Original paper

Do the presence of filamentous cyanobacteria and an elevated temperature favor small-bodied Daphnia in interspecific competitive interactions?

Sikora, Anna; Dawidowicz, Piotr

Fundamental and Applied Limnology Volume 185 Nr. 3-4 (2014), p. 307 - 314

published: Dec 1, 2014

DOI: 10.1127/fal/2014/0641

BibTeX file

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According to the Size-Efficiency Hypothesis, when the intensity of fish predation is low, large-bodied zooplankton species are competitively superior as they are more efficient filter feeders than small-bodied species and they have relatively reduced metabolic demands per unit mass. The presence of filamentous cyanobacteria can reduce the competitive superiority of large-bodied cladocerans, because they are less resistant than small-bodied ones to interference with food collection by filaments. The viscosity of water decreases with increasing temperature which may alter the filtering mechanisms of cladocerans, making the large-bodied species even more susceptible to interference by cyanobacterial filaments. The aims of this study were (1) to test if the presence of the filamentous non-toxic cyanobacterium Cylindrospermopsis raciborskii shifts competitive dominance from a large-bodied cladoceran species towards a small-bodied one and (2) to determine whether the competitive superiority of a small-bodied species in the presence of cyanobacterial filaments is temperature-dependent. A laboratory competition experiment was conducted with large-bodied Daphnia pulicaria and small-bodied D. longispina, in the presence or absence of cyanobacteria in two different thermal regimes –18 and 25 °C. Unexpectedly, D. pulicaria was dominant over D. longispina, irrespective of the food and thermal treatments applied. The large-bodied Daphnia species was competitively superior even in the presence of filamentous cyanobacteria and at an elevated temperature.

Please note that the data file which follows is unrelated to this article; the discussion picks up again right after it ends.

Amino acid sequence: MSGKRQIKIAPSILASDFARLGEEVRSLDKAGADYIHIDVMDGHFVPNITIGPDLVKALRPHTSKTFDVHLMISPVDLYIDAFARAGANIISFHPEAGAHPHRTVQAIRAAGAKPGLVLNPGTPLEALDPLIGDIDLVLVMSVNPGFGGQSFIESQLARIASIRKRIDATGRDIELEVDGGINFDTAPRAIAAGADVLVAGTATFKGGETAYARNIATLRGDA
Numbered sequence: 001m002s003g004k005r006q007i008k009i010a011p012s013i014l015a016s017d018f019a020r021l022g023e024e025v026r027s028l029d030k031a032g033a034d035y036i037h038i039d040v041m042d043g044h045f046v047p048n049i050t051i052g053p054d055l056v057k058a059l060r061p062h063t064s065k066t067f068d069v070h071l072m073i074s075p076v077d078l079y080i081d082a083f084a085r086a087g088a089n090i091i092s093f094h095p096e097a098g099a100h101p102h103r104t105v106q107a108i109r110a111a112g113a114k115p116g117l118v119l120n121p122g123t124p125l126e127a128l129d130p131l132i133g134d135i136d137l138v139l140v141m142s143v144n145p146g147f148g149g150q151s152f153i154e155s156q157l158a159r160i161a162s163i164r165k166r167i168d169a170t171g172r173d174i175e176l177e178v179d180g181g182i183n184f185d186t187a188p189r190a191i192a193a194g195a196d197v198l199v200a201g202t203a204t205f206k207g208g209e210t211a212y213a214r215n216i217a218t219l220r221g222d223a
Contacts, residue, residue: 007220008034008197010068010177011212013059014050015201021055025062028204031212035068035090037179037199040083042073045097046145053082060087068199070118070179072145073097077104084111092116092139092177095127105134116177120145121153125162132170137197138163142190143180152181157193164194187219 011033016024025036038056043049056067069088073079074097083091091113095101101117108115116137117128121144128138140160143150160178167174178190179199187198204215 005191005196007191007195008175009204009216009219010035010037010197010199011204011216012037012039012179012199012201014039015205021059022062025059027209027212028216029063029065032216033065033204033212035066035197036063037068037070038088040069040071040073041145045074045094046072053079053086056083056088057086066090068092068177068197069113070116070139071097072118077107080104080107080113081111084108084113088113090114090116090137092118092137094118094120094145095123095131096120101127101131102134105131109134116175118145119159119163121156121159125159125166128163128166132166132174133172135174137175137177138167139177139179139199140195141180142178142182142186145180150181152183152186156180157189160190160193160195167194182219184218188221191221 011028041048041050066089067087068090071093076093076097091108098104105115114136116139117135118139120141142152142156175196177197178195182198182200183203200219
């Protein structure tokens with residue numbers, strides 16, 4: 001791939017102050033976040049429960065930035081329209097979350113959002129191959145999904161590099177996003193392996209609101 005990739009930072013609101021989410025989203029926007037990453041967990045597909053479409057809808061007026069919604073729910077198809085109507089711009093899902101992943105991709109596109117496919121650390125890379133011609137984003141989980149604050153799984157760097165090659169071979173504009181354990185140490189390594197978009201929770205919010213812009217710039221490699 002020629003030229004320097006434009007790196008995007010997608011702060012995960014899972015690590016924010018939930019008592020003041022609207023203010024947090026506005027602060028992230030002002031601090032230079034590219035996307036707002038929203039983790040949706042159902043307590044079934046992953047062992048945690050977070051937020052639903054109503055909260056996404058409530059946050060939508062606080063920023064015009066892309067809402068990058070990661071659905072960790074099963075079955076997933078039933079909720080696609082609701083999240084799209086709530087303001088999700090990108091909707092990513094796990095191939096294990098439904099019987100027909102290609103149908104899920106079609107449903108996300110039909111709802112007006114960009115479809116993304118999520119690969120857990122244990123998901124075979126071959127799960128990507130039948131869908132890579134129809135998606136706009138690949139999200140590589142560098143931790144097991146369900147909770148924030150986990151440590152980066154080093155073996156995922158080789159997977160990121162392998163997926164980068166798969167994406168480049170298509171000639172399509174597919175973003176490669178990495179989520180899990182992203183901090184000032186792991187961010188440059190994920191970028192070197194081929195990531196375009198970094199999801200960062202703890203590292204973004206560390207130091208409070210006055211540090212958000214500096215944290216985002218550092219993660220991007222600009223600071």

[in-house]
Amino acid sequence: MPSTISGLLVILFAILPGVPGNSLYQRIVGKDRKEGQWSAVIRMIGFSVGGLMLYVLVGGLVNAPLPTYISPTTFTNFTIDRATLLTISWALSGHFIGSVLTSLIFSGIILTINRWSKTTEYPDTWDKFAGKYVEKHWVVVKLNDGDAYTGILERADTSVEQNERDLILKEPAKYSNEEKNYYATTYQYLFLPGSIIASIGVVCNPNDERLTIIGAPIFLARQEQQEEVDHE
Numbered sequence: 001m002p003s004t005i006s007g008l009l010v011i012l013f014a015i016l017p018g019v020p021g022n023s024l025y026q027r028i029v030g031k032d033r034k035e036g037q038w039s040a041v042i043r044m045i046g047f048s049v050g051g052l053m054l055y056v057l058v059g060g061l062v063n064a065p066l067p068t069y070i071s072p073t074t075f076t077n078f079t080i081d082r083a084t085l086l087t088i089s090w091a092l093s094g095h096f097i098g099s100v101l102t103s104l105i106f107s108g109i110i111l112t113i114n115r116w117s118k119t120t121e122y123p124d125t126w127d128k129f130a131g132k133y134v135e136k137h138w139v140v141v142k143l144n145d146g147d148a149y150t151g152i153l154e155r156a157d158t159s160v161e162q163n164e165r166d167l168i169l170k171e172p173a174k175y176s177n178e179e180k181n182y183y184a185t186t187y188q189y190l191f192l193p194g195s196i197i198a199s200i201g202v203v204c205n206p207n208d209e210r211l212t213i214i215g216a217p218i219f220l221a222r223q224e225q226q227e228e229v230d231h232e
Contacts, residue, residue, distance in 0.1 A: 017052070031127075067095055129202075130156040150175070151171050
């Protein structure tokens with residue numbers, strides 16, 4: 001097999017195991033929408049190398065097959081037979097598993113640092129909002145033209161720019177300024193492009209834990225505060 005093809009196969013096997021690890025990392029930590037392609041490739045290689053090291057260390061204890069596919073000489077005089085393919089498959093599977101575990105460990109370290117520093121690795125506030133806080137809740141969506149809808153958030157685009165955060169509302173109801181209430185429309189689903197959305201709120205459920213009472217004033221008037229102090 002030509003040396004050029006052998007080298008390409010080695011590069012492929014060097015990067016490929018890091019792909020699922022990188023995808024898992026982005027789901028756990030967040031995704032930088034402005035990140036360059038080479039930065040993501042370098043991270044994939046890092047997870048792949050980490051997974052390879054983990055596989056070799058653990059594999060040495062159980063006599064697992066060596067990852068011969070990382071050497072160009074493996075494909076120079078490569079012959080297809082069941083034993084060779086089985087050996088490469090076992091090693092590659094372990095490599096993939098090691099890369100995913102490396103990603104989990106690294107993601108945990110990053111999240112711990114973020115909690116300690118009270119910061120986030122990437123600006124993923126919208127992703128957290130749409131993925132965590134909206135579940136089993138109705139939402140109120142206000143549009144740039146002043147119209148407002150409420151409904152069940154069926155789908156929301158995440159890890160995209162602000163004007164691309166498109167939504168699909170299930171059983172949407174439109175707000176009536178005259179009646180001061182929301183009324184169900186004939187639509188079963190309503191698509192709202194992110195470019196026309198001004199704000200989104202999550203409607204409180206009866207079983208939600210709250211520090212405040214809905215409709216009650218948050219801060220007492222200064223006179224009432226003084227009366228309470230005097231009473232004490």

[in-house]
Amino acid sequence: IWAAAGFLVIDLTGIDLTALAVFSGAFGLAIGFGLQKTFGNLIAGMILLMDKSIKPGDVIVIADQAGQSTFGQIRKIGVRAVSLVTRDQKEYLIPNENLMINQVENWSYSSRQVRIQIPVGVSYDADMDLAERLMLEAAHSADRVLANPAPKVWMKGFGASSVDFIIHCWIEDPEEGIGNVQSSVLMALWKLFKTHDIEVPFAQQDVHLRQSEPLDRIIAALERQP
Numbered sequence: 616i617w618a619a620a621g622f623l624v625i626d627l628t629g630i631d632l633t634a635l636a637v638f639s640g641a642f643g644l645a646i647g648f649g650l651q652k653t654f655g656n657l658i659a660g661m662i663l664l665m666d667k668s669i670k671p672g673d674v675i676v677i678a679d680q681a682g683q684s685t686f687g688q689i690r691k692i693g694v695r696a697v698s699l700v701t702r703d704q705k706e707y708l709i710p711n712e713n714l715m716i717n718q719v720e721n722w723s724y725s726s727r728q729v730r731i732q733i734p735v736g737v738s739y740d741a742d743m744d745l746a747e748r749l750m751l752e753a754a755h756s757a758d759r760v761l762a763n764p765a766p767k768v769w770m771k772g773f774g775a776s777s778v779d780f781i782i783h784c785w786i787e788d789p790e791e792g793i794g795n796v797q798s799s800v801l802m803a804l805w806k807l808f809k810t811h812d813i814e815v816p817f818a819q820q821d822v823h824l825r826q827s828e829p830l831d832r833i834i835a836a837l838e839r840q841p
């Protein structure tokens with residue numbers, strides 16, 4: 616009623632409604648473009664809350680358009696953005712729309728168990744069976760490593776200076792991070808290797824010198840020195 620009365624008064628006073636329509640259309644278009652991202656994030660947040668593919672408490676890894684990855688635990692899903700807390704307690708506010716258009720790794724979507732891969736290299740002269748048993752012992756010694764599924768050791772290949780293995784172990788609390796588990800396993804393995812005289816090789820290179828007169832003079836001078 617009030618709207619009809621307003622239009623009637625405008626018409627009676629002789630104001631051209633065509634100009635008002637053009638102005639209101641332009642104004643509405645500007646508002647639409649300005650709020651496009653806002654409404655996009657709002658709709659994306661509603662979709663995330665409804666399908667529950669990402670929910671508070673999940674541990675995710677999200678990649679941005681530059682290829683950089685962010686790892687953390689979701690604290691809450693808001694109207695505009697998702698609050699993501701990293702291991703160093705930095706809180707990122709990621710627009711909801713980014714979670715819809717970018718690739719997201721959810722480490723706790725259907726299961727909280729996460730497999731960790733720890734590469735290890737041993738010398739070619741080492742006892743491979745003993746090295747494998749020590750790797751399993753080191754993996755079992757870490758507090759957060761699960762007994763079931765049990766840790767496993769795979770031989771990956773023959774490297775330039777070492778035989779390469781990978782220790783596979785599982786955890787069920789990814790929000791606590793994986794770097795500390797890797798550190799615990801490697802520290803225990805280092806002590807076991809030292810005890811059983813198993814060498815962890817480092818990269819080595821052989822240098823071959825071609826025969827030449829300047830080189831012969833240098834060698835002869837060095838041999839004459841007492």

body sizecompetitive abilitycyanobacteriadaphniatemperaturezooplankton